Electronic mail is one of the main reasons for connecting to outside networks. On most versions of Berkeley-derived UNIX systems, including those from Sun, the sendmail program [Sun88a, 1758-1760; Sun88b, 441-488] is used to enable the receipt and delivery of mail. As with the FTP software, older versions of sendmail have several bugs that allow security vio- lations. One of these bugs was used with great success by the Internet worm [Seel88, Spaf88]. The current version of send- mail from Berkeley is version 5.61, of January 1989. Sun is, as of this writing, still shipping version 5.59, which has a known security problem. They have, however, made a fixed ver- sion available. Section 4 details how to obtain these newer versions. Generally, with the exception of the security holes men- tioned above, sendmail is reasonably secure when installed by most vendors' installation procedures. There are, however, a few precautions that should be taken to ensure secure opera- tion: 1. Remove the ``decode'' alias from the aliases file (/etc/aliases or /usr/lib/aliases). _________________________ * On Sun systems, tftpd is stored in the file /usr/etc/in.tftpd. On most other systems, it is called /etc/tftpd. 2. If you create aliases that allow messages to be sent to programs, be absolutely sure that there is no way to obtain a shell or send commands to a shell from these programs. 3. Make sure the ``wizard'' password is disabled in the configuration file, (Unless you modify the distributed configuration files, this shouldn't be a problem.) 4. Make sure your sendmail does not support the ``debug'' command. This can be done with the follow- ing commands: % telnet localhost 25 220 yourhost Sendmail 5.61 ready at 9 Mar 90 10:57:36 PST debug 500 Command unrecognized quit % If your sendmail responds to the ``debug'' command with ``200 Debug set,'' then you are vulnerable to attack and should replace your sendmail with a newer version. By following the procedures above, you can be sure that your mail system is secure.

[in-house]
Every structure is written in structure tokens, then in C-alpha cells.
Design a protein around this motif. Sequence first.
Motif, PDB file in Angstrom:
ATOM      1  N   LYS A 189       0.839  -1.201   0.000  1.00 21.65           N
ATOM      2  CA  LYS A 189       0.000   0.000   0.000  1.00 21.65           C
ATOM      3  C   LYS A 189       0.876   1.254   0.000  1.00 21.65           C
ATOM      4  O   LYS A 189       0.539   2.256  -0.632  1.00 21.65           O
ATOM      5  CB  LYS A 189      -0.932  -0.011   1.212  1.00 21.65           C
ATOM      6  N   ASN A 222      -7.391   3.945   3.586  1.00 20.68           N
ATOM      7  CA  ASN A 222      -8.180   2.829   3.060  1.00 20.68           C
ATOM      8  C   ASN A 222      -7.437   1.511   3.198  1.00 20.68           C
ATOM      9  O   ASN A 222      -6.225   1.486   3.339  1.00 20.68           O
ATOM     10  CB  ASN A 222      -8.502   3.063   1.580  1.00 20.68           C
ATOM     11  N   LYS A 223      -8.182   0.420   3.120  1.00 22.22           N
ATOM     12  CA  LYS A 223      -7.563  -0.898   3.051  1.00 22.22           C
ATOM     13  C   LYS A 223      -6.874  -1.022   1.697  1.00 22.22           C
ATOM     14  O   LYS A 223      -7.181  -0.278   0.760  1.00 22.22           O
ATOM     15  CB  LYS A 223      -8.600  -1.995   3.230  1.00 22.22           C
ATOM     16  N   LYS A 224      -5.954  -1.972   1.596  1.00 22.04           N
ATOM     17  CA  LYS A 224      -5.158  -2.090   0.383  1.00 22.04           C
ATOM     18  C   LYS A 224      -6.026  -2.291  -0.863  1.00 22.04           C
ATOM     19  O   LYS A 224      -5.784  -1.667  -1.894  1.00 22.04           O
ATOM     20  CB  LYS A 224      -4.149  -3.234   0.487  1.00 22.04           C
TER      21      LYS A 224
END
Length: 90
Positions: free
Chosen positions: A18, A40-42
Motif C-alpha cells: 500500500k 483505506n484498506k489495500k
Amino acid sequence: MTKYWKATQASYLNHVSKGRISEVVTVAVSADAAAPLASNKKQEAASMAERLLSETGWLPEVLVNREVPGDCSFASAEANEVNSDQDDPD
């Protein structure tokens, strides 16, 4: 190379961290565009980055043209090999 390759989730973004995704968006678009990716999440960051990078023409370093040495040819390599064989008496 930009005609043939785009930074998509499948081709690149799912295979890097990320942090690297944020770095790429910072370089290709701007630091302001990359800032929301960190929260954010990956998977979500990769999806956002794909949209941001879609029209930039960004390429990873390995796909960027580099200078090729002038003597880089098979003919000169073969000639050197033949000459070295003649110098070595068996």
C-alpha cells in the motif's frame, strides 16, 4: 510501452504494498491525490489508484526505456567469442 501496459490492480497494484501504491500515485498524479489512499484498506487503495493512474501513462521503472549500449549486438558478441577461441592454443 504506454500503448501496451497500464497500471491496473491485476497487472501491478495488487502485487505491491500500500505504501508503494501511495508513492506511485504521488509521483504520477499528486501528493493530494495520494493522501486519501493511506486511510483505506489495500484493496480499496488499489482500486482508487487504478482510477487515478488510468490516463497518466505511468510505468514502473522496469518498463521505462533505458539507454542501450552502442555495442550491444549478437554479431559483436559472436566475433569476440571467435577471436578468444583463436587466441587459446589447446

2.2.6 Finger

The ``finger'' service, provided by the finger program [Sun88a, 186-187], allows you to obtain information about a user such as her full name, home directory, last login time, and in some cases when she last received mail and/or read her mail. The fingerd program [Sun88a, 1625] allows users on remote hosts to obtain this information. A bug in fingerd was also exercised with success by the Internet worm [Seel88, Spaf88]. If your version of fingerd* is older than November 5, 1988, it should be replaced with a newer version. New versions are available from several of the sources described in Section 4. _________________________ * On Sun systems, fingerd is stored in /usr/etc/in.fingerd. On most other systems, it is called /etc/fingerd.

    2.2.7 Modems and Terminal Servers

Modems and terminal servers (terminal switches, Annex boxes, etc.) present still another potential security problem. The main problem with these devices is one of configuration - misconfigured hardware can allow security breaches. Explaining how to configure every brand of modem and terminal server would require volumes. However, the following items should be checked for on any modems or terminal servers installed at your site: 1. If a user dialed up to a modem hangs up the phone, the system should log him out. If it doesn't, check the hardware connections and the kernel configuration of the serial ports. 2. If a user logs off, the system should force the modem to hang up. Again, check the hardware connections if this doesn't work. 3. If the connection from a terminal server to the sys- tem is broken, the system should log the user off. 4. If the terminal server is connected to modems, and the user hangs up, the terminal server should inform the system that the user has hung up. Most modem and terminal server manuals cover in detail how to properly connect these devices to your system. In particu- lar you should pay close attention to the ``Carrier Detect,'' ``Clear to Send,'' and ``Request to Send'' connections.

    2.2.8 Firewalls